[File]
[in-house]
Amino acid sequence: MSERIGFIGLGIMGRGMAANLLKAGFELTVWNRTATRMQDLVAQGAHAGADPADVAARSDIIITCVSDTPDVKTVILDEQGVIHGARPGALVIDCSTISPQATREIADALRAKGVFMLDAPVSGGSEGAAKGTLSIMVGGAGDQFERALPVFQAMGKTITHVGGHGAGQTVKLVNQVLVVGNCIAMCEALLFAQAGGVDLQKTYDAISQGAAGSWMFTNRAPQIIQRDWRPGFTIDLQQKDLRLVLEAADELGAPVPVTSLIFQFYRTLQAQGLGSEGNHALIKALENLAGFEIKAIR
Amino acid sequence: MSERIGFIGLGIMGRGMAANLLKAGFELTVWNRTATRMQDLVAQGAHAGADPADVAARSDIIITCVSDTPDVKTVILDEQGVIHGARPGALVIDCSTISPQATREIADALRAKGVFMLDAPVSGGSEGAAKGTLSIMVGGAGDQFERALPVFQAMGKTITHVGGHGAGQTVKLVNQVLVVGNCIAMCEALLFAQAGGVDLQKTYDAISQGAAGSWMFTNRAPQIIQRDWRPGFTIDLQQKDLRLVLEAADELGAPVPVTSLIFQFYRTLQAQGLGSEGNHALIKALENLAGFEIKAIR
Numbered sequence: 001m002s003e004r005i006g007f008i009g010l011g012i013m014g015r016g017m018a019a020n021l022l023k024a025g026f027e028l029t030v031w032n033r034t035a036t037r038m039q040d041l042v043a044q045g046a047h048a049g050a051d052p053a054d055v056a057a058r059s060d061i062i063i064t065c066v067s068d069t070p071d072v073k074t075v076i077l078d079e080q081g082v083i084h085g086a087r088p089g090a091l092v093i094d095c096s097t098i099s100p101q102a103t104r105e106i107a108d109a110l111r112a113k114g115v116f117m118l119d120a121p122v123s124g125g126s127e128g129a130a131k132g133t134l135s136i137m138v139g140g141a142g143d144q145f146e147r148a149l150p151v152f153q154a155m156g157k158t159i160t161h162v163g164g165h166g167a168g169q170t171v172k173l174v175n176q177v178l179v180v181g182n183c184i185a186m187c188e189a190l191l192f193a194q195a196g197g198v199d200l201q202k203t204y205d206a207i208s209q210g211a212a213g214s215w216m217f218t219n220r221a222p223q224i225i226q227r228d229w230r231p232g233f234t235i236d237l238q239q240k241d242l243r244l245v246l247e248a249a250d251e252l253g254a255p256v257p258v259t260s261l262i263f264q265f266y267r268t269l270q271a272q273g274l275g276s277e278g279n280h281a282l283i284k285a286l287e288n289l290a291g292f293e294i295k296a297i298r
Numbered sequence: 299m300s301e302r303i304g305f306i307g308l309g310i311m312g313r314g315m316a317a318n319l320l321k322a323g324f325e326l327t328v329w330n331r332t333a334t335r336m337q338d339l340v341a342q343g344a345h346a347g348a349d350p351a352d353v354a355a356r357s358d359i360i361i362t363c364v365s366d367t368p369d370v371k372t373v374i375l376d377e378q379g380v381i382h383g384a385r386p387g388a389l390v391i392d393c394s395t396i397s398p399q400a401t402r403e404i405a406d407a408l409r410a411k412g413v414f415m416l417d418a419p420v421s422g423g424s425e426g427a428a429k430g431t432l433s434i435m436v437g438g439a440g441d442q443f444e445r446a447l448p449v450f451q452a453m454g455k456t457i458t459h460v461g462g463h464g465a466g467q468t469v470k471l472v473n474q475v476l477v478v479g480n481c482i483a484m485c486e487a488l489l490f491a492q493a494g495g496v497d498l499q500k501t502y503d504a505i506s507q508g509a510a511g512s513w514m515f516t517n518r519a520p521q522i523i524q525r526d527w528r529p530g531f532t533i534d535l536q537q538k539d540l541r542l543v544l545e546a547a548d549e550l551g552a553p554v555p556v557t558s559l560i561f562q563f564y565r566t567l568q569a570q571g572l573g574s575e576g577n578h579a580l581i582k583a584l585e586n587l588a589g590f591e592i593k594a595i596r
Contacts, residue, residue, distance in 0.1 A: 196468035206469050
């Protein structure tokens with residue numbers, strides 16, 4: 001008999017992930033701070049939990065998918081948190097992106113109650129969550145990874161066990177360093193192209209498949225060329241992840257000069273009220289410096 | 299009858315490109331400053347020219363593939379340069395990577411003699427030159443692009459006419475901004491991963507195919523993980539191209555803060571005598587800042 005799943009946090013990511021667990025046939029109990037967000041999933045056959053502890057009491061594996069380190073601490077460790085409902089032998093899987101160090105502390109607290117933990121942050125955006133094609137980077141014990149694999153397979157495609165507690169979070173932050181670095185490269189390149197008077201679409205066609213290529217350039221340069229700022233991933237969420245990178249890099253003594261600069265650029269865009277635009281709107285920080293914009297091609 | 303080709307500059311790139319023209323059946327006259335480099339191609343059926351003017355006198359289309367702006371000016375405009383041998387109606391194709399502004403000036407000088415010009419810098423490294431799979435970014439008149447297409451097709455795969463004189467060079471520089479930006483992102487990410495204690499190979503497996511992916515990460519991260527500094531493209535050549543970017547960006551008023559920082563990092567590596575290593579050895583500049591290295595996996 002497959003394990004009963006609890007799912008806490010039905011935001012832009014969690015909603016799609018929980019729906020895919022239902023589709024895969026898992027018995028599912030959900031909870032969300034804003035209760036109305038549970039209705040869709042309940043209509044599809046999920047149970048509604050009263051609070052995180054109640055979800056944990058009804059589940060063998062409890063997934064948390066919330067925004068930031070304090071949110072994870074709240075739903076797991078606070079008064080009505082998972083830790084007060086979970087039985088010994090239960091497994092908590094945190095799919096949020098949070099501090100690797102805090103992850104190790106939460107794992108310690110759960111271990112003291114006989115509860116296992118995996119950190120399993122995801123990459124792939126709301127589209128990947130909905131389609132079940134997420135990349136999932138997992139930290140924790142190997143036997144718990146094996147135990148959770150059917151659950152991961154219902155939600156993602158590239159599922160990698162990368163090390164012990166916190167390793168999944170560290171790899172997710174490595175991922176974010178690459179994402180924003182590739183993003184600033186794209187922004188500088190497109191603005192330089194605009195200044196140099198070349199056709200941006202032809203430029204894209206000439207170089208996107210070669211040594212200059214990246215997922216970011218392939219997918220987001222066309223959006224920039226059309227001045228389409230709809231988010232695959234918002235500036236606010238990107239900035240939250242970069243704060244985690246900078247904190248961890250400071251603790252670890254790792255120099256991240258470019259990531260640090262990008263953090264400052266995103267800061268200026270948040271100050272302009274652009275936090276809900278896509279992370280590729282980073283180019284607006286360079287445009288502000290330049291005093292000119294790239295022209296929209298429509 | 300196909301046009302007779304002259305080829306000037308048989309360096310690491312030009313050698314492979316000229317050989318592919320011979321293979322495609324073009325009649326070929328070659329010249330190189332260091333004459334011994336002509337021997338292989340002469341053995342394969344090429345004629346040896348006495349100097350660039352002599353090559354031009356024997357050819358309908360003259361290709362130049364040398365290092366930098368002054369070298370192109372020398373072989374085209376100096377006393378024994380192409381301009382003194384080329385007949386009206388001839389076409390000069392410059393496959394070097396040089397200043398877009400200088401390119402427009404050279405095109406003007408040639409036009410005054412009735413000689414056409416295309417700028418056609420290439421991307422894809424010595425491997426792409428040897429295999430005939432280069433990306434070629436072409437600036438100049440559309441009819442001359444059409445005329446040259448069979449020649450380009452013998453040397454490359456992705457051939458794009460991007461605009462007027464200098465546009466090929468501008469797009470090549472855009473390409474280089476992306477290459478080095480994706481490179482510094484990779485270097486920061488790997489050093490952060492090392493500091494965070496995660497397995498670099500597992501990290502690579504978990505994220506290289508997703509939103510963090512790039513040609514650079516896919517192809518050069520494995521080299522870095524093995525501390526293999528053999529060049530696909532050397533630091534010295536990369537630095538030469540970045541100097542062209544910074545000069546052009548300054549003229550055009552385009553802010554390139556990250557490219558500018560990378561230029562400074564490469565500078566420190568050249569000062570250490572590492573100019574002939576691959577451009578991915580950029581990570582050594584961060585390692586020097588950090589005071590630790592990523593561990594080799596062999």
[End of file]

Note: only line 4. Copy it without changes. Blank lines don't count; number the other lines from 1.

Numbered sequence: 001m002s003e004r005i006g007f008i009g010l011g012i013m014g015r016g017m018a019a020n021l022l023k024a025g026f027e028l029t030v031w032n033r034t035a036t037r038m039q040d041l042v043a044q045g046a047h048a049g050a051d052p053a054d055v056a057a058r059s060d061i062i063i064t065c066v067s068d069t070p071d072v073k074t075v076i077l078d079e080q081g082v083i084h085g086a087r088p089g090a091l092v093i094d095c096s097t098i099s100p101q102a103t104r105e106i107a108d109a110l111r112a113k114g115v116f117m118l119d120a121p122v123s124g125g126s127e128g129a130a131k132g133t134l135s136i137m138v139g140g141a142g143d144q145f146e147r148a149l150p151v152f153q154a155m156g157k158t159i160t161h162v163g164g165h166g167a168g169q170t171v172k173l174v175n176q177v178l179v180v181g182n183c184i185a186m187c188e189a190l191l192f193a194q195a196g197g198v199d200l201q202k203t204y205d206a207i208s209q210g211a212a213g214s215w216m217f218t219n220r221a222p223q224i225i226q227r228d229w230r231p232g233f234t235i236d237l238q239q240k241d242l243r244l245v246l247e248a249a250d251e252l253g254a255p256v257p258v259t260s261l262i263f264q265f266y267r268t269l270q271a272q273g274l275g276s277e278g279n280h281a282l283i284k285a286l287e288n289l290a291g292f293e294i295k296a297i298r